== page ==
Okay, so when a send will fail, channels panic. I guess that makes some kind of sense. But unlike almost everything else with nil values, sending to a nil channel won’t panic. Instead, it will block forever! That’s pretty counter-intuitive. That might be useful behavior, just like having a can-opener attached to your weed-whacker might be useful (and found in Skymall), but it’s certainly unexpected. Unlike interacting with nil maps (which do implicit pointer dereferences), nil interfaces (implicit pointer dereferences), unchecked type assertions, and all sorts of other things, nil channels exhibit actual channel behavior, as if a brand new channel was just instantiated for this operation.

Receives are slightly nicer. What happens when you receive on a closed channel? Well, that works - you get a zero value. Okay that makes sense I guess. Bonus! Receives allow you to do a , ok =-style check if the channel was open when you received your value. Thank heavens we get , ok = here.

But what happens if you receive from a nil channel? Also blocks forever! Yay! Don’t try and use the fact that your channel is nil to keep track of if you closed it!

## What are channels good for?

Of course channels are good for some things (they are a generic container after all), and there are certain things you can only do with them (select).

### They are another special-cased generic datastructure

Go programmers are so used to arguments about generics that I can feel the PTSD coming on just by bringing up the word. I’m not here to talk about it so wipe the sweat off your brow and let’s keep moving.

Whatever your opinion of generics is, Go’s maps, slices, and channels are data structures that support generic element types, because they’ve been special-cased into the language.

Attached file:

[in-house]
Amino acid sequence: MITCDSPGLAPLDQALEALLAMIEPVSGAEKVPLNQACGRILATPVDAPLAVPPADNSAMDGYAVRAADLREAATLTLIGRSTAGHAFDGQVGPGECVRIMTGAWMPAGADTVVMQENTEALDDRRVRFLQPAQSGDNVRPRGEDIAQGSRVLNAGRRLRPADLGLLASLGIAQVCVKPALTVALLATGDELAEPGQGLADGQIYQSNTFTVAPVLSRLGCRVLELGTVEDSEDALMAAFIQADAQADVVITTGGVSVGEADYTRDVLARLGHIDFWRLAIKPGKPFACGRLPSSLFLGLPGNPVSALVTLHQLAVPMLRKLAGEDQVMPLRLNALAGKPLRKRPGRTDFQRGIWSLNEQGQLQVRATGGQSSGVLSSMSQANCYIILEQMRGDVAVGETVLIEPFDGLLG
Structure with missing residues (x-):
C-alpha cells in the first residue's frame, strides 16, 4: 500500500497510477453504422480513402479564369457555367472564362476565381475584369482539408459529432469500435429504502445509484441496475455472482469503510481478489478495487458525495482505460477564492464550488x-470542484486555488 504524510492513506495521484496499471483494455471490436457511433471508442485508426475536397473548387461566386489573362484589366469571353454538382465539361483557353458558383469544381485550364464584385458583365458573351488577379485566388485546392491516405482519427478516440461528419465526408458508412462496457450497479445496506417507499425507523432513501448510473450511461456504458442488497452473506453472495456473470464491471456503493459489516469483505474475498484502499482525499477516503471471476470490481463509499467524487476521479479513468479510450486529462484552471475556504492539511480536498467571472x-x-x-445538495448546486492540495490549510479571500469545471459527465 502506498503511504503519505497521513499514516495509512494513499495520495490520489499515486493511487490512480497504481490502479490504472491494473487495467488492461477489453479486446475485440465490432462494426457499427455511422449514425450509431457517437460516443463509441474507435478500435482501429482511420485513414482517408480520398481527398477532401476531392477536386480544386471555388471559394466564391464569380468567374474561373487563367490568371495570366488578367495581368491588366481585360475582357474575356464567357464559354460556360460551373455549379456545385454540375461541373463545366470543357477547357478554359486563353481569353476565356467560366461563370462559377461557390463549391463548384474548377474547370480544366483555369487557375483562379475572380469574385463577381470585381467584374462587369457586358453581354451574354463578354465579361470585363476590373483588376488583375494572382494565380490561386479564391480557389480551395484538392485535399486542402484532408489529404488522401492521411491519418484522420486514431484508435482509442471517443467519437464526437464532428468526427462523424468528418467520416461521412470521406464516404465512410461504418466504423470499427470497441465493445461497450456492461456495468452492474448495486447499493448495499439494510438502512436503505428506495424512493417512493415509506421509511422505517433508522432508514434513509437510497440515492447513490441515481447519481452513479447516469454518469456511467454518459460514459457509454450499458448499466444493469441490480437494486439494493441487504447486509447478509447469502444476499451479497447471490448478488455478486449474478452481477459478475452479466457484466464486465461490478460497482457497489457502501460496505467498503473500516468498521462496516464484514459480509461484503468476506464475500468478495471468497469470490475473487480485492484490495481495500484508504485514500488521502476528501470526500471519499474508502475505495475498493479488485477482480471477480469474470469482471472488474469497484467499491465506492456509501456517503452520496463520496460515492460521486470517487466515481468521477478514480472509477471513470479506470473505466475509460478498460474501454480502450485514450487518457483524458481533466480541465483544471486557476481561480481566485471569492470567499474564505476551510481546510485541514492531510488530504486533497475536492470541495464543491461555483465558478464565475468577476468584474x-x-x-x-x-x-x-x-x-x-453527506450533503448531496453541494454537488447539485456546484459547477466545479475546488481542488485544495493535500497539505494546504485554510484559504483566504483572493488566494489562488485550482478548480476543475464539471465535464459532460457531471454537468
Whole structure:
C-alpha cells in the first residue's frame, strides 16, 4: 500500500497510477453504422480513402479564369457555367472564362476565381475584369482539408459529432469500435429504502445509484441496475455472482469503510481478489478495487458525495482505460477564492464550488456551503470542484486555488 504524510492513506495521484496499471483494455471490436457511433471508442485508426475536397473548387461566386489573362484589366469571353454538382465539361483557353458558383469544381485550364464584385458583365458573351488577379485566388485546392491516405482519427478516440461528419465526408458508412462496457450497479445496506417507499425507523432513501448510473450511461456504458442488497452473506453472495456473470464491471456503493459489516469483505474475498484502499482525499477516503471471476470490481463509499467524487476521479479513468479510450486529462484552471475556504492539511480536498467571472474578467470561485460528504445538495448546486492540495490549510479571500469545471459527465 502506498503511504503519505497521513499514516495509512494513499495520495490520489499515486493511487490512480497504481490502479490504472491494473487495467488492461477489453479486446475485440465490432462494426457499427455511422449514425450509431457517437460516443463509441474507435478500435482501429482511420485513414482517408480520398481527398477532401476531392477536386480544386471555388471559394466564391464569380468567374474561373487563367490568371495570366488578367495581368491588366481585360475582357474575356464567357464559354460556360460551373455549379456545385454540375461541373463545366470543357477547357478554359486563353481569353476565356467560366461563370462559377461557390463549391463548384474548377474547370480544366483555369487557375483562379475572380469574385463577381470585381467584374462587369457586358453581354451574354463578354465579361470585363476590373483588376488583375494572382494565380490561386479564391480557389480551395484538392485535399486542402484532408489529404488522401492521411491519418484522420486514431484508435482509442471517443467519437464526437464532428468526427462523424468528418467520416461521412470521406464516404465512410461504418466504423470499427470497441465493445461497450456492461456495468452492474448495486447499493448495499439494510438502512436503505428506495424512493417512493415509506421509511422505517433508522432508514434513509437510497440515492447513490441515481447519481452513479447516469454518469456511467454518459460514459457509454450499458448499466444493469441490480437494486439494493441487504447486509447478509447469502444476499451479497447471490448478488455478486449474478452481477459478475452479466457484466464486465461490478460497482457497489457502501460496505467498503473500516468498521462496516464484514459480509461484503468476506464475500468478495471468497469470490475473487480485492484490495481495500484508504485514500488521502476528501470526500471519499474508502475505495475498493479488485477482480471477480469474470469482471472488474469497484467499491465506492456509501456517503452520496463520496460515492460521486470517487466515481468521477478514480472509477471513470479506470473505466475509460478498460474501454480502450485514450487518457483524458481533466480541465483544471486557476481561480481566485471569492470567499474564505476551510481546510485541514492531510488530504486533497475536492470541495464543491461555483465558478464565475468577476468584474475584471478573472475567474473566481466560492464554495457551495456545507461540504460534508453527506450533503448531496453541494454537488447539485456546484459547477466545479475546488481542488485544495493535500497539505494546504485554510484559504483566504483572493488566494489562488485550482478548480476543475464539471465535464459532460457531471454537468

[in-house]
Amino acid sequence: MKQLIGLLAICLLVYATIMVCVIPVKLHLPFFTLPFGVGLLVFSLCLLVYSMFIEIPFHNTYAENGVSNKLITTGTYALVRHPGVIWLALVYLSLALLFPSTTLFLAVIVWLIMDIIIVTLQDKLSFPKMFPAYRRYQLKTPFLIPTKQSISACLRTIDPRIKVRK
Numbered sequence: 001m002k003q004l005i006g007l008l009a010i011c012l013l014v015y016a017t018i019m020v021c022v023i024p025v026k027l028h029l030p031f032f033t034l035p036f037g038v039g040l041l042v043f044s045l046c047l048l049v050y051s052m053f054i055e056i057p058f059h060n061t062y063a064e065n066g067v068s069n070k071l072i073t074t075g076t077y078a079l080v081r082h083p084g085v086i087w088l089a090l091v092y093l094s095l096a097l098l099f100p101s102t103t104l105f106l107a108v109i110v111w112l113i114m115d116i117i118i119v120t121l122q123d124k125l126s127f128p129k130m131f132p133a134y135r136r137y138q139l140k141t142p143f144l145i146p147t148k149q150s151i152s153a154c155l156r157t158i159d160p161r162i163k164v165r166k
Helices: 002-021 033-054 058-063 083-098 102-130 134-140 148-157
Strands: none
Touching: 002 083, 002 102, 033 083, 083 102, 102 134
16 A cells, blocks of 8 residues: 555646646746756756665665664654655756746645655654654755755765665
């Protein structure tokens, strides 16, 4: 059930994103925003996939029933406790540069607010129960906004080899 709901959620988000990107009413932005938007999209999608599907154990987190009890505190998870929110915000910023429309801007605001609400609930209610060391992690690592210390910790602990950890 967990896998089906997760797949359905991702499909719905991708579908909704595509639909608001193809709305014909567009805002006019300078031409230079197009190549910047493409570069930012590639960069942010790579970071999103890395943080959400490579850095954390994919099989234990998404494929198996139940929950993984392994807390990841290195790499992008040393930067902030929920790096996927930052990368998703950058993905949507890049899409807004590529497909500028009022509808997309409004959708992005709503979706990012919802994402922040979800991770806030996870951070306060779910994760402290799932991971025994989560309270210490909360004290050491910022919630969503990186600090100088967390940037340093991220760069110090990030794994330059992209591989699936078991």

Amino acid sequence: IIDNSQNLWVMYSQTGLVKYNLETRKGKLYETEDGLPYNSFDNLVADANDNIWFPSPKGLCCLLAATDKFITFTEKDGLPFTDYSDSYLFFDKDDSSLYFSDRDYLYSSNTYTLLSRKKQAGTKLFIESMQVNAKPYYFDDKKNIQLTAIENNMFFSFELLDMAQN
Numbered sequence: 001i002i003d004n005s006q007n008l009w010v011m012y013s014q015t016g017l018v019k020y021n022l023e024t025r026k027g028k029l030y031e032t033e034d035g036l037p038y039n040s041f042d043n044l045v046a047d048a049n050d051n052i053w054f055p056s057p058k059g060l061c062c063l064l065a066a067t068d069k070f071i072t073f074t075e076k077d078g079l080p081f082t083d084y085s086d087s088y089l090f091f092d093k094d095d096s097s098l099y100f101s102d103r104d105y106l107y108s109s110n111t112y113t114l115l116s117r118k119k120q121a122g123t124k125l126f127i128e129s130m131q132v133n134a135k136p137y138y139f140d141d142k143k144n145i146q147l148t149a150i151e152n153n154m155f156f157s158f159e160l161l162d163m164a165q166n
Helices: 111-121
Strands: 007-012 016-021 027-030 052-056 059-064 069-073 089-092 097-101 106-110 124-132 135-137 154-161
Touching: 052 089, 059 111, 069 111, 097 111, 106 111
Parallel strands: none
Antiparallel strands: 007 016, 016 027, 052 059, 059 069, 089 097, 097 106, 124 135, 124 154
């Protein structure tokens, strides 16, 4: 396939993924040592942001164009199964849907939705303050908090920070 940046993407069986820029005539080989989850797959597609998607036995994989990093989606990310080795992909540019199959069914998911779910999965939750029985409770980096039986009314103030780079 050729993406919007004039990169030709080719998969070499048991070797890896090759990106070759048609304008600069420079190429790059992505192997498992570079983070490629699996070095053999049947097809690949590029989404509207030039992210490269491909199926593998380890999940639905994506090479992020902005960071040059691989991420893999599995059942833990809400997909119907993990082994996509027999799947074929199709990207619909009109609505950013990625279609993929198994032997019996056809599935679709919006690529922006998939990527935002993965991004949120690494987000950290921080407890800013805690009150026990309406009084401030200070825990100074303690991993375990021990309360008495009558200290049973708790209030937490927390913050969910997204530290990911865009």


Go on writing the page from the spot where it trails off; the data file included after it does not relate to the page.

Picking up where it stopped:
In a language that doesn’t allow you to write your own generic containers, anything that allows you to better manage collections of things is valuable. Here, channels are a thread-safe datastructure that supports arbitrary value types.

So that’s useful! That can save some boilerplate I suppose.

I’m having trouble counting this as a win for channels.

### Select

The main thing you can do with channels is the select statement. Here you can wait on a fixed number of inputs for events. It’s kind of like epoll, but you have to know upfront how many sockets you’re going to be waiting on.

This is truly a useful language feature. Channels would be a complete wash if not for select. But holy smokes, let me tell you about the first time you decide you might need to select on multiple things but you don’t know how many and you have to use reflect.Select.

## How could channels be better?

It’s really tough to say what the most tactical thing the Go language team could do for Go 2.0 is (the Go 1.0 compatibility guarantee is good but hand-tying), but that won’t stop me from making some suggestions.

### Select on condition variables!

We could just obviate the need for channels! This is where I propose we get rid of some sacred cows, but let me ask you this, how great would it be if you could select on any custom synchronization primitive? (A: So great.) If we had that, we wouldn’t need channels at all.

### GC could help us?

In the very first example, we could easily solve the high score server cleanup with channels if we were able to use directionally-typed channel garbage collection to help us clean up.

As you know, Go has directionally-typed channels. You can have a channel type that only supports reading (<-chan) and a channel type that only supports writing (chan<-). Great!

Go also has garbage collection. It’s clear that certain kinds of book keeping are just too onerous and we shouldn’t make the programmer deal with them. We clean up unused memory! Garbage collection is useful and neat.